7.2.1.8. Aesthetic and minimalist design

When working on the design, overcrowding was avoided and clarity was one of the main aspects. Every page only has 5-6 objects on and only the necessary functions were added. The visible objects were placed in order of importance, with the most important objects being placed in the middle. The order of the buttons were designed so the right side of the screen will take the user forward, while on the left side the buttons will take the user a step back.

7.2.1.9. Recognize, diagnose, and recover from errors

When the program stops because of an internal error, for example the losing connection with the Bluetooth device, the program offers to the user to start the test again. If there are foreseeable errors, the users are informed with exact details regarding the error.

7.2.1.10. Help and documentation

The support for the use of the application can be read anytime by using one of the options in the top menu. Before every task, instructions are shown to the user. A 'MANUAL' button is available, which gives more detailed information on the tests. The experiences or questions of the users can be sent by using one of the options in the 'CONTACTS' menu.

7.2.2. Evaluating the Artefact: Sample end Users

The evaluation of the application by an audience took place on 14/03/2016 in the Darwin building of the University of Sunderland Sport Science department. The evaluators are sport science students at the University. Three groups took part in the study, each starting at different times, one at 9am, another group at 11am and finally the last group at 3pm.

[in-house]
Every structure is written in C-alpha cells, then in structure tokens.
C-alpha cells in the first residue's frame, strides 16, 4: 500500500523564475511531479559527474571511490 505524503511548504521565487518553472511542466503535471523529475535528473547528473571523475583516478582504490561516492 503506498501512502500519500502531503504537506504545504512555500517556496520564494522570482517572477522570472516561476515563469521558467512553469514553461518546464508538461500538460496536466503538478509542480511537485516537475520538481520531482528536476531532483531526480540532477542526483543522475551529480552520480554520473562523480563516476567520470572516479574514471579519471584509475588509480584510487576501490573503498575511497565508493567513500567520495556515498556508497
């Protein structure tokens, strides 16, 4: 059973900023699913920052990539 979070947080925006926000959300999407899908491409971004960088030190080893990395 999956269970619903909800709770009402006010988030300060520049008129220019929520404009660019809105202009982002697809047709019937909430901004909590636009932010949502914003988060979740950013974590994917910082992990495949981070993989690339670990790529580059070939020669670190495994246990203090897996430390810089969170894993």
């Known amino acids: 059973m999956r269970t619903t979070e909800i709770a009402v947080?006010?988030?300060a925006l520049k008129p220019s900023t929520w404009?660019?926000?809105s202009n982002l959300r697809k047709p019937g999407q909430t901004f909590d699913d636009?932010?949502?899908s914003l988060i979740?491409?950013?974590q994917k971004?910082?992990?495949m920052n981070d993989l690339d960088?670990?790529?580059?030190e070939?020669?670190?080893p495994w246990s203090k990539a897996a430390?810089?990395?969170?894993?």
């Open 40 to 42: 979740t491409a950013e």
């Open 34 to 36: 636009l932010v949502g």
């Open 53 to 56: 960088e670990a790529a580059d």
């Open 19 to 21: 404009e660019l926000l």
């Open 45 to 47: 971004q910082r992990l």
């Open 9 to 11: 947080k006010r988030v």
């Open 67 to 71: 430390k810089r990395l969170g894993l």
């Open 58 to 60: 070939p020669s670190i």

At the start of the evaluation each participant received a Study Information Sheet and a Consent Form, which they certified with signatures, to show that they are willing to volunteer to participate in the evaluation. Before everyone signed they have been informed verbally about the subject, the environment and requirements of the project. The handouts of the first group are numbered between 003-015. The second group received numbers between 016-25. The third group used numbers between 026-034. The participants of the questionnaire were identified by using their participant numbers.

 

The small classes of 9-13 people have been divided into 5 groups as there were only 5 tablets and Mi bands available for testing. Alongside the tablets everyone received a task list and a questionnaire. The questionnaire asks about the tasks found on the task list, to find out how difficult they were. Also to see whether the completion of the tasks have caused problems. Another subject of the questions were asking about the effectiveness of achieving the purpose of the tasks. Altogether, throughout the day 15 questionnaires were filled out about the subject of the application by people who were directly involved.